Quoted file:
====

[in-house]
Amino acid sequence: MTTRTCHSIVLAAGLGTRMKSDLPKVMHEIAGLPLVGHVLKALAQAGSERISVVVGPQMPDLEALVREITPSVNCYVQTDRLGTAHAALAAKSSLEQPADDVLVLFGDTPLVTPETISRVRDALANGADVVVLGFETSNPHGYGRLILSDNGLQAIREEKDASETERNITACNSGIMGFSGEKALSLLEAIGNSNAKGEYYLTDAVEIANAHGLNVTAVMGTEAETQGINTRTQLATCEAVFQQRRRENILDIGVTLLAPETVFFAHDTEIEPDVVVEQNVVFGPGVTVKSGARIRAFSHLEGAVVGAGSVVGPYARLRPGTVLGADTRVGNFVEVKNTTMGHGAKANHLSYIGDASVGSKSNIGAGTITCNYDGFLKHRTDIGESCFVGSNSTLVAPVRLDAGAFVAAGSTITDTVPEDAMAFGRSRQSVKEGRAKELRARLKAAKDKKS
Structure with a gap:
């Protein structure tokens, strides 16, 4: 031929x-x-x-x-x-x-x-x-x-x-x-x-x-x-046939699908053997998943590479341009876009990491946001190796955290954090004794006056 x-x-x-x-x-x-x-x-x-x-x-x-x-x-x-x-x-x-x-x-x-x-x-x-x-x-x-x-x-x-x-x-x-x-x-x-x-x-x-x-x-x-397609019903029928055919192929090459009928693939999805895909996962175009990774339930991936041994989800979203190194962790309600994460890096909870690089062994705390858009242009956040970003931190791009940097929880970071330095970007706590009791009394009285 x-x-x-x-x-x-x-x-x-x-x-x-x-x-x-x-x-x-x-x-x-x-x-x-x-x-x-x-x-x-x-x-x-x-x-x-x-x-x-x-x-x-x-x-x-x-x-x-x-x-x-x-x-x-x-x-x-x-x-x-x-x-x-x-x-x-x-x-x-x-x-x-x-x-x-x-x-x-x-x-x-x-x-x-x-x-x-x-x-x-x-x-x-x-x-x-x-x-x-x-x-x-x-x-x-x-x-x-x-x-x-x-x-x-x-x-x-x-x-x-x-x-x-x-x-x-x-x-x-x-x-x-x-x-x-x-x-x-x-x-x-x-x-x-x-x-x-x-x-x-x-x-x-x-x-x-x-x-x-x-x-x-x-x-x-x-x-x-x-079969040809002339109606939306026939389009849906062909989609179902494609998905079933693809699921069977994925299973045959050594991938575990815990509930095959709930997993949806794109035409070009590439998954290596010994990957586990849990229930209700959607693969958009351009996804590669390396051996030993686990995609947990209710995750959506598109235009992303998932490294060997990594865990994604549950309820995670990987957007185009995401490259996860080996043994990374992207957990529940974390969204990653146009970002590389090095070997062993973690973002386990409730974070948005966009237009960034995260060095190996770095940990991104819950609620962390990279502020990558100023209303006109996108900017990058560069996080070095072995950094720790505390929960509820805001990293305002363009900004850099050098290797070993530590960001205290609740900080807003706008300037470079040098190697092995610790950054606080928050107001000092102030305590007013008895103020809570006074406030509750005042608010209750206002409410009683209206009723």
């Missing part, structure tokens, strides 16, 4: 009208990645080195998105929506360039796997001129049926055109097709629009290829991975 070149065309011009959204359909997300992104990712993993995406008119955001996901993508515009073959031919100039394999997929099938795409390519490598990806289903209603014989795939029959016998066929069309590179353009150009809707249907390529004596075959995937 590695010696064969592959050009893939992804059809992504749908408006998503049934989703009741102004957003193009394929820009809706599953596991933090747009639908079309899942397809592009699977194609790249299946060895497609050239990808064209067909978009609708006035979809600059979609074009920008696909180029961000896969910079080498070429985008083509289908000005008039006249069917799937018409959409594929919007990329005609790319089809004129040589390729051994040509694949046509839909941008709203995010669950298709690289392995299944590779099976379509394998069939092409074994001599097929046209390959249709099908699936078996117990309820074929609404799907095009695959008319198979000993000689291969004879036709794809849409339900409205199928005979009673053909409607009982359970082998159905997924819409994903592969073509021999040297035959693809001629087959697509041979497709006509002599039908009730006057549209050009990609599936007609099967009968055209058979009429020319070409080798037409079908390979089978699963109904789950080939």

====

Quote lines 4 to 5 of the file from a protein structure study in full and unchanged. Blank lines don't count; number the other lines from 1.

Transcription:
């Protein structure tokens, strides 16, 4: 031929x-x-x-x-x-x-x-x-x-x-x-x-x-x-046939699908053997998943590479341009876009990491946001190796955290954090004794006056 x-x-x-x-x-x-x-x-x-x-x-x-x-x-x-x-x-x-x-x-x-x-x-x-x-x-x-x-x-x-x-x-x-x-x-x-x-x-x-x-x-x-397609019903029928055919192929090459009928693939999805895909996962175009990774339930991936041994989800979203190194962790309600994460890096909870690089062994705390858009242009956040970003931190791009940097929880970071330095970007706590009791009394009285 x-x-x-x-x-x-x-x-x-x-x-x-x-x-x-x-x-x-x-x-x-x-x-x-x-x-x-x-x-x-x-x-x-x-x-x-x-x-x-x-x-x-x-x-x-x-x-x-x-x-x-x-x-x-x-x-x-x-x-x-x-x-x-x-x-x-x-x-x-x-x-x-x-x-x-x-x-x-x-x-x-x-x-x-x-x-x-x-x-x-x-x-x-x-x-x-x-x-x-x-x-x-x-x-x-x-x-x-x-x-x-x-x-x-x-x-x-x-x-x-x-x-x-x-x-x-x-x-x-x-x-x-x-x-x-x-x-x-x-x-x-x-x-x-x-x-x-x-x-x-x-x-x-x-x-x-x-x-x-x-x-x-x-x-x-x-x-x-x-079969040809002339109606939306026939389009849906062909989609179902494609998905079933693809699921069977994925299973045959050594991938575990815990509930095959709930997993949806794109035409070009590439998954290596010994990957586990849990229930209700959607693969958009351009996804590669390396051996030993686990995609947990209710995750959506598109235009992303998932490294060997990594865990994604549950309820995670990987957007185009995401490259996860080996043994990374992207957990529940974390969204990653146009970002590389090095070997062993973690973002386990409730974070948005966009237009960034995260060095190996770095940990991104819950609620962390990279502020990558100023209303006109996108900017990058560069996080070095072995950094720790505390929960509820805001990293305002363009900004850099050098290797070993530590960001205290609740900080807003706008300037470079040098190697092995610790950054606080928050107001000092102030305590007013008895103020809570006074406030509750005042608010209750206002409410009683209206009723």
């Missing part, structure tokens, strides 16, 4: 009208990645080195998105929506360039796997001129049926055109097709629009290829991975 070149065309011009959204359909997300992104990712993993995406008119955001996901993508515009073959031919100039394999997929099938795409390519490598990806289903209603014989795939029959016998066929069309590179353009150009809707249907390529004596075959995937 590695010696064969592959050009893939992804059809992504749908408006998503049934989703009741102004957003193009394929820009809706599953596991933090747009639908079309899942397809592009699977194609790249299946060895497609050239990808064209067909978009609708006035979809600059979609074009920008696909180029961000896969910079080498070429985008083509289908000005008039006249069917799937018409959409594929919007990329005609790319089809004129040589390729051994040509694949046509839909941008709203995010669950298709690289392995299944590779099976379509394998069939092409074994001599097929046209390959249709099908699936078996117990309820074929609404799907095009695959008319198979000993000689291969004879036709794809849409339900409205199928005979009673053909409607009982359970082998159905997924819409994903592969073509021999040297035959693809001629087959697509041979497709006509002599039908009730006057549209050009990609599936007609099967009968055209058979009429020319070409080798037409079908390979089978699963109904789950080939």